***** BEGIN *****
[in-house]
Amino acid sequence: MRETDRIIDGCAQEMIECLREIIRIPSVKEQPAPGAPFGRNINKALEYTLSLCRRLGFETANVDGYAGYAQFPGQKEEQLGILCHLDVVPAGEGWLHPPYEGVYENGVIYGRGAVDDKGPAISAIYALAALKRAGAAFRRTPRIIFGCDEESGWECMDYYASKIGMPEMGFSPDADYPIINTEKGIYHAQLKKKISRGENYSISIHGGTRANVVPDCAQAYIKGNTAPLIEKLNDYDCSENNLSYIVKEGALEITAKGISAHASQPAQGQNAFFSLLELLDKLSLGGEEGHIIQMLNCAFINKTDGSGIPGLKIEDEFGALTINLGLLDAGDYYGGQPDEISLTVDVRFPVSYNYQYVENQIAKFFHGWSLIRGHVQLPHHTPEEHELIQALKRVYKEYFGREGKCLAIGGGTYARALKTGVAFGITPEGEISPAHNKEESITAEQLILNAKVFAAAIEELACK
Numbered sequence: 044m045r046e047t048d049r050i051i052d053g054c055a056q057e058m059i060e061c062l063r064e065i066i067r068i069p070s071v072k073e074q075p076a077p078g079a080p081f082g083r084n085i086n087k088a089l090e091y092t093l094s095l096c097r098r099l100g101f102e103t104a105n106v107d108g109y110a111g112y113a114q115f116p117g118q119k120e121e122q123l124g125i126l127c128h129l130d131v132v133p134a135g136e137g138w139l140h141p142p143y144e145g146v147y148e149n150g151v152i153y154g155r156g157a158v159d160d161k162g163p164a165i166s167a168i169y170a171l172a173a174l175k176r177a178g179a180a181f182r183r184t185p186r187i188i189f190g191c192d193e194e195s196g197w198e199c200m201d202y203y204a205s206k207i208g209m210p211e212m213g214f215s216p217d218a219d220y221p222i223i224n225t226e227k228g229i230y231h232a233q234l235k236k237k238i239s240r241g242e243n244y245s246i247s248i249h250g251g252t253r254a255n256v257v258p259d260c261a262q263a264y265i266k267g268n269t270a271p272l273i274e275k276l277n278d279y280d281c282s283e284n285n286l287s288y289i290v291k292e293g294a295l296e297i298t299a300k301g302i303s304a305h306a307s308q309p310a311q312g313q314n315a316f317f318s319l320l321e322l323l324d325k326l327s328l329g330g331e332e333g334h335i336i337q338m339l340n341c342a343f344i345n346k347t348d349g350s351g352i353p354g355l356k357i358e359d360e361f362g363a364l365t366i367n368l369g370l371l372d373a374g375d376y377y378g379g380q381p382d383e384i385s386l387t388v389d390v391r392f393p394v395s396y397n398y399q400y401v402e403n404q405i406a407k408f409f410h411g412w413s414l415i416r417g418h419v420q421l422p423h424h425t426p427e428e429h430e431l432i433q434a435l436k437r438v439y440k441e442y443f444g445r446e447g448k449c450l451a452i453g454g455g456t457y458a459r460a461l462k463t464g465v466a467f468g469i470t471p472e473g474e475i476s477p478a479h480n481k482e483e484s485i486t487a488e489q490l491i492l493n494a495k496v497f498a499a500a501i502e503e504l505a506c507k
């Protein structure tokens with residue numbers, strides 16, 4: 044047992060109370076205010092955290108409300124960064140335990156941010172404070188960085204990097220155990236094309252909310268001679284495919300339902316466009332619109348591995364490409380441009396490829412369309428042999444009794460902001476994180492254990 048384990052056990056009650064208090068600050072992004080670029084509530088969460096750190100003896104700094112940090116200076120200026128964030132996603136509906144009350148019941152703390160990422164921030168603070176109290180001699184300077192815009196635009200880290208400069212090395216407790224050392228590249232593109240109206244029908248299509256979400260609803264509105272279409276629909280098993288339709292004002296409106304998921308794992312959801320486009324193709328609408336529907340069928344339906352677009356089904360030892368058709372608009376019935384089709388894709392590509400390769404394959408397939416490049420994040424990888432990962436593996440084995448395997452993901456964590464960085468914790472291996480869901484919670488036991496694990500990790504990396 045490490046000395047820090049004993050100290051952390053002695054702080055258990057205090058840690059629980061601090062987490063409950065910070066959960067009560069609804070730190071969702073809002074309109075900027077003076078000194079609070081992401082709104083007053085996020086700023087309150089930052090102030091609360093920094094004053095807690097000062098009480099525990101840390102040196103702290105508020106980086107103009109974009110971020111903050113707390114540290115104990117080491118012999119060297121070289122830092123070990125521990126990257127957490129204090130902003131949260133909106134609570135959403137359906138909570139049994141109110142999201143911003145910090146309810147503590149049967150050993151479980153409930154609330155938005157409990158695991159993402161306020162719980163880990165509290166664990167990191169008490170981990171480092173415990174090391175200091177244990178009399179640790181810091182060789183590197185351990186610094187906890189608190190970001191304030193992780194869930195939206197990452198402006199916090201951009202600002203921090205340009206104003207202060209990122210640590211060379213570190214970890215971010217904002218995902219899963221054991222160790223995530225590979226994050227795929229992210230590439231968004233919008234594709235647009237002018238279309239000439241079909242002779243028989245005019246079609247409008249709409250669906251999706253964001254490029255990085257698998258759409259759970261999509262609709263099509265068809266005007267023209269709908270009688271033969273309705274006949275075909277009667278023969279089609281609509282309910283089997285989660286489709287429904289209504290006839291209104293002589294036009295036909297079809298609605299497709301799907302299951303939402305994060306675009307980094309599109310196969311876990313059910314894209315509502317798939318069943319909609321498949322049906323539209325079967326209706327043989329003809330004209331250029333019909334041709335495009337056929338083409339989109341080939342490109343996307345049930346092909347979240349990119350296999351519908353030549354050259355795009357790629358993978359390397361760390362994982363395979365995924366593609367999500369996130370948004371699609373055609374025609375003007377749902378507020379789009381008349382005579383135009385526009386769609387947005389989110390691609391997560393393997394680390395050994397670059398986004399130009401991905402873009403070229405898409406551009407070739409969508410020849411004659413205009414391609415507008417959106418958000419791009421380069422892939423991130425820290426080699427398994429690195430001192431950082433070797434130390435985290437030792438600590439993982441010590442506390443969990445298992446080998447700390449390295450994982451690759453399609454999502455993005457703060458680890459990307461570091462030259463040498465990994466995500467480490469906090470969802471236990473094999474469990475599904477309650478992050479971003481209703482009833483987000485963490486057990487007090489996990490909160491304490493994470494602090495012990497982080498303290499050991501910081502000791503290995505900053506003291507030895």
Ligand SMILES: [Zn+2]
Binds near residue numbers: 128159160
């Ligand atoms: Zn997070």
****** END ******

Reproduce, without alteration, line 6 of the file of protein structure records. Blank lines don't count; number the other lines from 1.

Binds near residue numbers: 128159160